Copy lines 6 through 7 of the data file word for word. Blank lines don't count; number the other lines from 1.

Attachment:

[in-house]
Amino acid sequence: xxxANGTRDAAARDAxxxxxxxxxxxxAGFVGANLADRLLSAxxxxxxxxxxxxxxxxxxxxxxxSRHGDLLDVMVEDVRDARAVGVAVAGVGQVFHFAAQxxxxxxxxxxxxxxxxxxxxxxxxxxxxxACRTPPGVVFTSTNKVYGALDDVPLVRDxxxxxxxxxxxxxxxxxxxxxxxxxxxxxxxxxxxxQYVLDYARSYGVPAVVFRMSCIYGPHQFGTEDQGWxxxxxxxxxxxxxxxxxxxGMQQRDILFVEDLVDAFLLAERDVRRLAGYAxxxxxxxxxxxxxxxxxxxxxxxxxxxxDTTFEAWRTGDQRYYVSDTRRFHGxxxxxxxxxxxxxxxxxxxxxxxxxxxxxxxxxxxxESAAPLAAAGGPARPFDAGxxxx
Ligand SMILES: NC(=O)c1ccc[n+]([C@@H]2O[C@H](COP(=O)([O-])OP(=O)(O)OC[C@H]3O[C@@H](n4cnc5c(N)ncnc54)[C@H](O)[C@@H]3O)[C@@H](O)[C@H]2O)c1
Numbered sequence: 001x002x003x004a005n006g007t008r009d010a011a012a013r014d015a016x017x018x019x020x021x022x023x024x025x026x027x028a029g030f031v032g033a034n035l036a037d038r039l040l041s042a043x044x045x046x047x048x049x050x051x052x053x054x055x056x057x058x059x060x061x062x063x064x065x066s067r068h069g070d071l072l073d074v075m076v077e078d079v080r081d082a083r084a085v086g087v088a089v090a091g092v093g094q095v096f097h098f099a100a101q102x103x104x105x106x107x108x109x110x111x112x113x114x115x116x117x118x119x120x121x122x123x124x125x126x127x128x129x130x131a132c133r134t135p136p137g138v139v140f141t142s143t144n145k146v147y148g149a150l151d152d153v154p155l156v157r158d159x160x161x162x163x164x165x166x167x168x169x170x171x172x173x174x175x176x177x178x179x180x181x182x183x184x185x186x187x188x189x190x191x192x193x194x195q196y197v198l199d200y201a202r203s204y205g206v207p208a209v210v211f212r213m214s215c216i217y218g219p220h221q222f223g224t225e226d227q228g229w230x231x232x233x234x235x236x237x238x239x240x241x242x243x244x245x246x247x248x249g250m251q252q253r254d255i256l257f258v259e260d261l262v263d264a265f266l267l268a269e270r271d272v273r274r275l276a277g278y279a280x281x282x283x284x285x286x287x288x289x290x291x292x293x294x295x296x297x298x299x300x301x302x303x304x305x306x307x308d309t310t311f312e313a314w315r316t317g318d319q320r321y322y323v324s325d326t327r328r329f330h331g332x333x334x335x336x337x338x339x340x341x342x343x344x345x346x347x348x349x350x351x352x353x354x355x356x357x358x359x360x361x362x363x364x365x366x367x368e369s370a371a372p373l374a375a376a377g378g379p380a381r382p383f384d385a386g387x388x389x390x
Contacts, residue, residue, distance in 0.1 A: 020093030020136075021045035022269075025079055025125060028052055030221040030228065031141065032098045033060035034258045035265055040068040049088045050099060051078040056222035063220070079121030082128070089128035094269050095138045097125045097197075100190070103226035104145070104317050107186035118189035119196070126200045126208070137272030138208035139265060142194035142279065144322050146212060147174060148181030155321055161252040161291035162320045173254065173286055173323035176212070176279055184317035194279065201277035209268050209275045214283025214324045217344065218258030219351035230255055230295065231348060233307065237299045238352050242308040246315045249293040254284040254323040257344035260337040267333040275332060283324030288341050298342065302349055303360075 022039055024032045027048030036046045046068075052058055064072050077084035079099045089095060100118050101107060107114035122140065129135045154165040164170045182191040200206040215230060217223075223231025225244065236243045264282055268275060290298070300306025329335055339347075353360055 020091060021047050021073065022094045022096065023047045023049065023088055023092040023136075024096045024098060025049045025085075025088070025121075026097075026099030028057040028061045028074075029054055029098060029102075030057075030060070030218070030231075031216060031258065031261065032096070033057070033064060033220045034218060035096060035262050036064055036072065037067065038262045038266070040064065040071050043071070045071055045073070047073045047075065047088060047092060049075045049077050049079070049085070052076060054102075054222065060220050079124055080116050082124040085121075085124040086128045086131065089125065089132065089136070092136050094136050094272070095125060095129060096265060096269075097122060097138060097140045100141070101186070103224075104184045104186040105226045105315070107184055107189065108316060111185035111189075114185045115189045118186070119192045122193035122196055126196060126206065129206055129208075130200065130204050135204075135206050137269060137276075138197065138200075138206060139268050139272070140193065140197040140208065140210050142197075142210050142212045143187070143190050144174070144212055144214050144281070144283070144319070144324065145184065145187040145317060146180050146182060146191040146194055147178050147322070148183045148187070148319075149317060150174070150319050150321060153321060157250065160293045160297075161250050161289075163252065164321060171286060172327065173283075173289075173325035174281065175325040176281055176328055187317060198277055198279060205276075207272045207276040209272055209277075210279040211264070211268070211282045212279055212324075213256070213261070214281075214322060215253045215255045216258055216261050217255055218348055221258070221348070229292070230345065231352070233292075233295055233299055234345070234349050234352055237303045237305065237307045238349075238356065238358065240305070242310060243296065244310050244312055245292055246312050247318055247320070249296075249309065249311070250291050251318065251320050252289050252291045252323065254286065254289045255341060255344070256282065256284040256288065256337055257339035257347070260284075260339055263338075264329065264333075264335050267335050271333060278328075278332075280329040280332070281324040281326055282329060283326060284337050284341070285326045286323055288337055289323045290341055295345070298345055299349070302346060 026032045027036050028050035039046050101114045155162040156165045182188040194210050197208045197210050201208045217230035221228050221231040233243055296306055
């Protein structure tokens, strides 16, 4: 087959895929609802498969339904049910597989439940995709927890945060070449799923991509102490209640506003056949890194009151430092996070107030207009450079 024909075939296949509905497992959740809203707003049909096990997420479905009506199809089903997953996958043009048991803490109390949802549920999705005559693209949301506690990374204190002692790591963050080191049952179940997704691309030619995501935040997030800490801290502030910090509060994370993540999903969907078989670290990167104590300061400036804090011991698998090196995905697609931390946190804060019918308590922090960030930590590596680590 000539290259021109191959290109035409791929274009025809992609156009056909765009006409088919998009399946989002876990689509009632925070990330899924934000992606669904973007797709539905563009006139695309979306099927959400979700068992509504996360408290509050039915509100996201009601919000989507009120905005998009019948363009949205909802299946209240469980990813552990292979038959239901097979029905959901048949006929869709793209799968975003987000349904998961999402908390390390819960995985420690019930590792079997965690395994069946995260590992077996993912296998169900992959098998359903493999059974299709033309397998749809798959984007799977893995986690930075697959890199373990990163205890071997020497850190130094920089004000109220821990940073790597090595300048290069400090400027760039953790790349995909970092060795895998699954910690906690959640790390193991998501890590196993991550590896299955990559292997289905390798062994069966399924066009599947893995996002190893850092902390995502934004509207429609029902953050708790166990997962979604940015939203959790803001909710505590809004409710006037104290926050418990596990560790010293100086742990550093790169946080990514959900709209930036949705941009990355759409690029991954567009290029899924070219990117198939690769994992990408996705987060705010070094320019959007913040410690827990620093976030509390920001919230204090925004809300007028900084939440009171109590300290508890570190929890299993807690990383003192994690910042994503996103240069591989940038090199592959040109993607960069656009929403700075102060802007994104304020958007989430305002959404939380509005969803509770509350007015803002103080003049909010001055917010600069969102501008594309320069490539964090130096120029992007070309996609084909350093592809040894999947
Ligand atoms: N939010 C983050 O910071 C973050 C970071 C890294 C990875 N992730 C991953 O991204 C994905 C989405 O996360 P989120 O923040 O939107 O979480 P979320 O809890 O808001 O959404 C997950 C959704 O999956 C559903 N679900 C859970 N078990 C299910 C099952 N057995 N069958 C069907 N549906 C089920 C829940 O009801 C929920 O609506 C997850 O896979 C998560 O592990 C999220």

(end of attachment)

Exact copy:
């Protein structure tokens, strides 16, 4: 087959895929609802498969339904049910597989439940995709927890945060070449799923991509102490209640506003056949890194009151430092996070107030207009450079 024909075939296949509905497992959740809203707003049909096990997420479905009506199809089903997953996958043009048991803490109390949802549920999705005559693209949301506690990374204190002692790591963050080191049952179940997704691309030619995501935040997030800490801290502030910090509060994370993540999903969907078989670290990167104590300061400036804090011991698998090196995905697609931390946190804060019918308590922090960030930590590596680590 000539290259021109191959290109035409791929274009025809992609156009056909765009006409088919998009399946989002876990689509009632925070990330899924934000992606669904973007797709539905563009006139695309979306099927959400979700068992509504996360408290509050039915509100996201009601919000989507009120905005998009019948363009949205909802299946209240469980990813552990292979038959239901097979029905959901048949006929869709793209799968975003987000349904998961999402908390390390819960995985420690019930590792079997965690395994069946995260590992077996993912296998169900992959098998359903493999059974299709033309397998749809798959984007799977893995986690930075697959890199373990990163205890071997020497850190130094920089004000109220821990940073790597090595300048290069400090400027760039953790790349995909970092060795895998699954910690906690959640790390193991998501890590196993991550590896299955990559292997289905390798062994069966399924066009599947893995996002190893850092902390995502934004509207429609029902953050708790166990997962979604940015939203959790803001909710505590809004409710006037104290926050418990596990560790010293100086742990550093790169946080990514959900709209930036949705941009990355759409690029991954567009290029899924070219990117198939690769994992990408996705987060705010070094320019959007913040410690827990620093976030509390920001919230204090925004809300007028900084939440009171109590300290508890570190929890299993807690990383003192994690910042994503996103240069591989940038090199592959040109993607960069656009929403700075102060802007994104304020958007989430305002959404939380509005969803509770509350007015803002103080003049909010001055917010600069969102501008594309320069490539964090130096120029992007070309996609084909350093592809040894999947
Ligand atoms: N939010 C983050 O910071 C973050 C970071 C890294 C990875 N992730 C991953 O991204 C994905 C989405 O996360 P989120 O923040 O939107 O979480 P979320 O809890 O808001 O959404 C997950 C959704 O999956 C559903 N679900 C859970 N078990 C299910 C099952 N057995 N069958 C069907 N549906 C089920 C829940 O009801 C929920 O609506 C997850 O896979 C998560 O592990 C999220």